When: January 29, 2015 from 10:30 am to 12 noon

Where: By webcast OR in person at HealthCare Chaplaincy Network, 65 Broadway near Wall Street, Large Conference Room (left upon exiting elevator)

Who Should Attend: Chaplains, clergy, social workers, nurses and other healthcare professionals throughout the U.S. who serve military veterans, current service members & their families

Why This Topic is Important : Military veterans and current service members who struggle transitioning from a military setting to civilian life, and their families, need support, compassionate care, and help restoring themselves on multiple aspects of their lives—including spiritually – regardless of religion or beliefs. One accepted definition of spirituality is “A person’s pursuit to connect to something or someone beyond him- or herself as a means of making meaning or significance.” (Kimball, 2008), (McColl, et al. 2007), (Drescher, et al. 2007). One example of supporting evidence is “Influence of Spirituality on Depression, Posttraumatic Stress Disorder, and Suicidality in Active Duty Military Personnel”  (2012) which indicates that strong spiritual connections can significantly and positively impact the mental health of military personnel and their families to cope with the impact of war.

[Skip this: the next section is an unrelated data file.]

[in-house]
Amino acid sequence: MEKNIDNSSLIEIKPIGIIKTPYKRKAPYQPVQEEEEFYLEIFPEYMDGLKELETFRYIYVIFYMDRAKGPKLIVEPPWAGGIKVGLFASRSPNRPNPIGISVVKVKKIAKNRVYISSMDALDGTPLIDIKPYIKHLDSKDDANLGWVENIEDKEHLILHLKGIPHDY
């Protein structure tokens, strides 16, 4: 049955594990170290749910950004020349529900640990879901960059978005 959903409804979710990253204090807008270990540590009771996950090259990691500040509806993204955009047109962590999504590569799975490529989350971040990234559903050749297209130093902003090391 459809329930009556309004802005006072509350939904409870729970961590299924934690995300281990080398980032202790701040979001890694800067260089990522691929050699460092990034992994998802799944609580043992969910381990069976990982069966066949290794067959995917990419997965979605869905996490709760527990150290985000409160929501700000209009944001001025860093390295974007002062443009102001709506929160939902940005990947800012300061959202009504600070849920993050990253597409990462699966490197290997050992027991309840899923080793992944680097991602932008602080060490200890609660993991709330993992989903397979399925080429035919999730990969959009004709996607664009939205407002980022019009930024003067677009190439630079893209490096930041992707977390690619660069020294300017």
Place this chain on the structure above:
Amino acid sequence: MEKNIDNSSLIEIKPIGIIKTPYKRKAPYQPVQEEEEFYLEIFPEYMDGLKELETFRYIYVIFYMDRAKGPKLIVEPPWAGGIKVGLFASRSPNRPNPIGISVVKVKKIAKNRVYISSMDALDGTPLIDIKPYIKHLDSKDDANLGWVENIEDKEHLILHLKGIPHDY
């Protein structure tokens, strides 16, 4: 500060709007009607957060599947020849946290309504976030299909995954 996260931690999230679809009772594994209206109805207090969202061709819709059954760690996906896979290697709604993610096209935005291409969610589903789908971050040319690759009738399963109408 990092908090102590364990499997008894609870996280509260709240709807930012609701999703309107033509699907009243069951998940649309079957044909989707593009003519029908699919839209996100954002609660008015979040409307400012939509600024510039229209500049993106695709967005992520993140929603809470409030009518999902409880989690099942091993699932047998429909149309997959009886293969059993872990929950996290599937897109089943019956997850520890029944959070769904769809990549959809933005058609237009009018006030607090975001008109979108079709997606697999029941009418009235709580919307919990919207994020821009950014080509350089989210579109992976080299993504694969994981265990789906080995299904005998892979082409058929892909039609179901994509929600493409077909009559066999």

Expert Speaker:
 Irina Komarovskaya, PhD, the Clinical Director  of The Steven and Alexandra Cohen Military Family Clinic at NYU Langone Medical Center, which seeks to fill the gap in mental health care for service members and their families in the NYC area who are affected by all phases of deployment and other life stressors. Dr Komarovskaya also is a clinical assistant professor in NYU Langone Medical Center’s Department of Psychiatry. She specializes in the diagnosis and treatment of traumatic stress, complex trauma, depression, anxiety, and relationship difficulties and provides training to the community.


Fee to Attend: $50 per computer terminal OR $35 in person